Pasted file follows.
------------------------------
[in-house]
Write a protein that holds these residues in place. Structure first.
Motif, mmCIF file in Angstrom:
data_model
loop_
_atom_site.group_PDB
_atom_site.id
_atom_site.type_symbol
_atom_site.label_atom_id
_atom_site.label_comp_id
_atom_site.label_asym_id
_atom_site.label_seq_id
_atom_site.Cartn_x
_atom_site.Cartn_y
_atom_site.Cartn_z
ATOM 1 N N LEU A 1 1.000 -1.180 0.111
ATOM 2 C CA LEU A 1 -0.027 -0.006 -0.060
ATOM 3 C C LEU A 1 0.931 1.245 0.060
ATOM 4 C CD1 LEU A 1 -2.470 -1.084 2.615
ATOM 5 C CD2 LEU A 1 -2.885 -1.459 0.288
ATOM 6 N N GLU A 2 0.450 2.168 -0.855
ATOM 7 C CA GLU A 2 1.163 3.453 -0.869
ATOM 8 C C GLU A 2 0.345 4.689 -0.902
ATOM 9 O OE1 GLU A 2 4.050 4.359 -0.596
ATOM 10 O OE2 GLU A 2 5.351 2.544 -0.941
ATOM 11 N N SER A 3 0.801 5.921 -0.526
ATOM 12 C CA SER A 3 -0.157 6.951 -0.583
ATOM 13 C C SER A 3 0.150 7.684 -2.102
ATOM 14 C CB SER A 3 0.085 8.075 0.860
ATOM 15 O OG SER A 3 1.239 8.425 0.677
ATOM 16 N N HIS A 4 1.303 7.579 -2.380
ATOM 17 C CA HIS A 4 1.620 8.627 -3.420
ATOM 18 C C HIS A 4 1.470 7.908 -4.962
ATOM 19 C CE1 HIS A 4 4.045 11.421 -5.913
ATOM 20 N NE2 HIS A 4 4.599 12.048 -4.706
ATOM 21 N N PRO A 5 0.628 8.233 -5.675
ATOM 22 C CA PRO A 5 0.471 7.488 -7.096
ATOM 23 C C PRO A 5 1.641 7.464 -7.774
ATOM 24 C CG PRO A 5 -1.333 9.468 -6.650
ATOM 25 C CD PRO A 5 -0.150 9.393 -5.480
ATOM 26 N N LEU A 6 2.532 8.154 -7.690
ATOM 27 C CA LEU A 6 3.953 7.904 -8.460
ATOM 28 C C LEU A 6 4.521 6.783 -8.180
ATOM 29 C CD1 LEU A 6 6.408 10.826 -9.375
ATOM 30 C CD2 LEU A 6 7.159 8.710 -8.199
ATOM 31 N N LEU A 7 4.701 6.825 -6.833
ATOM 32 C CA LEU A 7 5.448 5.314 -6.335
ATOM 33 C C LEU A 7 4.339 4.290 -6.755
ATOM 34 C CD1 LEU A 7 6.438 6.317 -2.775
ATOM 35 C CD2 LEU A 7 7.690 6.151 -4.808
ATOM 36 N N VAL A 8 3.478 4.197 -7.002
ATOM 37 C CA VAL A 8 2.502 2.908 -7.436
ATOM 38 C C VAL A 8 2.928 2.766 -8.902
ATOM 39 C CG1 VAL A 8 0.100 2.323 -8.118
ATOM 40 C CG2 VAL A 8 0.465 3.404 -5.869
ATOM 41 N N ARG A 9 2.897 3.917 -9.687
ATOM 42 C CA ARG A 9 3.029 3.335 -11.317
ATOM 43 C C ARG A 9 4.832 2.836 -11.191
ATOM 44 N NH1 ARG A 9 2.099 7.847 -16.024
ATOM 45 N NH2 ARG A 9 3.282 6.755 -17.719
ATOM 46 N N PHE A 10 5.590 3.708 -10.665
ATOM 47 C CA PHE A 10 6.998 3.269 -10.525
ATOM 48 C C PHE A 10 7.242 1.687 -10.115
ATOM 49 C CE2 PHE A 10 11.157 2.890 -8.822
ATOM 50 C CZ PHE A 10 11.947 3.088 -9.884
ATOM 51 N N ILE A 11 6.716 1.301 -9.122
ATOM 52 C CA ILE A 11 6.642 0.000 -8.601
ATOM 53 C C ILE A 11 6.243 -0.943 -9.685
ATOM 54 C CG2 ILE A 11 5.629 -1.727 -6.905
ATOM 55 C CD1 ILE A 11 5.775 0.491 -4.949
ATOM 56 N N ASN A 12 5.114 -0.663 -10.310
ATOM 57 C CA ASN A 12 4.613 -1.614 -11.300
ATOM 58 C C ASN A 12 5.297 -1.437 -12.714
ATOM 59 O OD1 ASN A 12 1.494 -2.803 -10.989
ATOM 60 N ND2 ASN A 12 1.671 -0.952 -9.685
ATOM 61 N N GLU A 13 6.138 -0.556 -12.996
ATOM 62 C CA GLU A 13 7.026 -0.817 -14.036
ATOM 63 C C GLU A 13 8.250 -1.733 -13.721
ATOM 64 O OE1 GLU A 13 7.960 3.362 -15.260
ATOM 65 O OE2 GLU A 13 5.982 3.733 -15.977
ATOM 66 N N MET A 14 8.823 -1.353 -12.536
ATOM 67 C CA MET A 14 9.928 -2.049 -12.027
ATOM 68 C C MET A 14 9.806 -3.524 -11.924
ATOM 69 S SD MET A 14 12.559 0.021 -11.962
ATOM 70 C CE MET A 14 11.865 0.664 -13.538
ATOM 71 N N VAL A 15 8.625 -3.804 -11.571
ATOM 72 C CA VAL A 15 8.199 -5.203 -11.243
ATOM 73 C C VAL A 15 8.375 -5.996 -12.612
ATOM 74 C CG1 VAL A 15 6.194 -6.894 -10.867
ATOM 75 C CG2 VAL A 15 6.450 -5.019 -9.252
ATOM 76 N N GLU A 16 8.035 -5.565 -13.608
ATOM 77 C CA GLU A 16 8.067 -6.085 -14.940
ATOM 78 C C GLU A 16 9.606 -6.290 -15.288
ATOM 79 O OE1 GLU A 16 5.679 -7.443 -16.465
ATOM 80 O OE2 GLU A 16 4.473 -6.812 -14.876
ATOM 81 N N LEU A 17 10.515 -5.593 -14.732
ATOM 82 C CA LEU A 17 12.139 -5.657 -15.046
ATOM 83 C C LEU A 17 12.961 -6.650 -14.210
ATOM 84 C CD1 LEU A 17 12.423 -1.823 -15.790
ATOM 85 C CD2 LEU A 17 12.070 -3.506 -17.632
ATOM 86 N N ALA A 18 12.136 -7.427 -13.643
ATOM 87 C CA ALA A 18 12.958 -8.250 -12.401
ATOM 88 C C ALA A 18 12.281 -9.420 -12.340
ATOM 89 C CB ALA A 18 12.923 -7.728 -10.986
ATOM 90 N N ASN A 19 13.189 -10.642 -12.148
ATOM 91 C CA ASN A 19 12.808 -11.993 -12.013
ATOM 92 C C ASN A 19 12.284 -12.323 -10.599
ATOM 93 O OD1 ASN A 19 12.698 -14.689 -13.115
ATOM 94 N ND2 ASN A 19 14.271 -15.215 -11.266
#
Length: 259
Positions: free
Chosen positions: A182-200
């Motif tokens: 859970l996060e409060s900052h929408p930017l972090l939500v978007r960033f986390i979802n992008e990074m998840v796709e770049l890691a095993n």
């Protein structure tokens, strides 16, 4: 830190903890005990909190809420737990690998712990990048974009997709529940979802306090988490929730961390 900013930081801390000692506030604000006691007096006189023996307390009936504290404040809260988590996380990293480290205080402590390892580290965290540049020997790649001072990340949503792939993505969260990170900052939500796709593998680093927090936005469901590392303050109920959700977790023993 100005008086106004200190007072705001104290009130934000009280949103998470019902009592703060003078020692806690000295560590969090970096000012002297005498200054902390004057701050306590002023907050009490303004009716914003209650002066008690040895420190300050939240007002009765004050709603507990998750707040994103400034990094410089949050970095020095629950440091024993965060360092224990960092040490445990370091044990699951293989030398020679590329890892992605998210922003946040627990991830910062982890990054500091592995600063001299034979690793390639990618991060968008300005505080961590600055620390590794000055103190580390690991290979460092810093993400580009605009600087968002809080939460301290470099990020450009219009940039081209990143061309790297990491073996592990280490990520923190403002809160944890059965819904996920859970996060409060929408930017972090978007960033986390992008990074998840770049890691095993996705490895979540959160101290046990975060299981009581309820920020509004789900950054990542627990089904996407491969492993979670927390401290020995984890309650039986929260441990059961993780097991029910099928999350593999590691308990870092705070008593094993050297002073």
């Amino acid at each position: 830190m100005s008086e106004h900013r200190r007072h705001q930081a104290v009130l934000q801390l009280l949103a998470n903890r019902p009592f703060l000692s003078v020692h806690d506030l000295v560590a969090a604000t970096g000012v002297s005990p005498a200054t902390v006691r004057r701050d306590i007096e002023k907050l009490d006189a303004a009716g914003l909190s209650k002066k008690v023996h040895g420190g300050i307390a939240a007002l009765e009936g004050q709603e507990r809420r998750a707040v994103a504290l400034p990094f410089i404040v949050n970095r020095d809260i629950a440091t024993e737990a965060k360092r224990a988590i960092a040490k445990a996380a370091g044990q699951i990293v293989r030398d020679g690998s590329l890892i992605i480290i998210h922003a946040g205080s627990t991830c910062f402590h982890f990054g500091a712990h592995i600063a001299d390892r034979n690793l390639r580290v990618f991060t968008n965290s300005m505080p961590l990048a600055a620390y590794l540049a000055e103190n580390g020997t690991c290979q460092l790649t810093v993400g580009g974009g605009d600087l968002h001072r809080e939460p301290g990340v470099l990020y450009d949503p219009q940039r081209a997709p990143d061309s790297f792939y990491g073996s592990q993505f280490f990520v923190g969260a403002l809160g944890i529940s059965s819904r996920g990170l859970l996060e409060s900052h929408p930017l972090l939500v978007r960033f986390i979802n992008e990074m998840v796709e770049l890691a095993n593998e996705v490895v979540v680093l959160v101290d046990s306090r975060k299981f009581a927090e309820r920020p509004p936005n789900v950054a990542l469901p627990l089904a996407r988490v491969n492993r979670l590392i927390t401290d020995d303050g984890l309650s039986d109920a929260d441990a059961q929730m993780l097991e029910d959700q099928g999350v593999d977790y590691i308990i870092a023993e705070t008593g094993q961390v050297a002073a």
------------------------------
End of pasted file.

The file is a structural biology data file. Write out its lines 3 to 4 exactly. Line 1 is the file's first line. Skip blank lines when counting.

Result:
Motif, mmCIF file in Angstrom:
data_model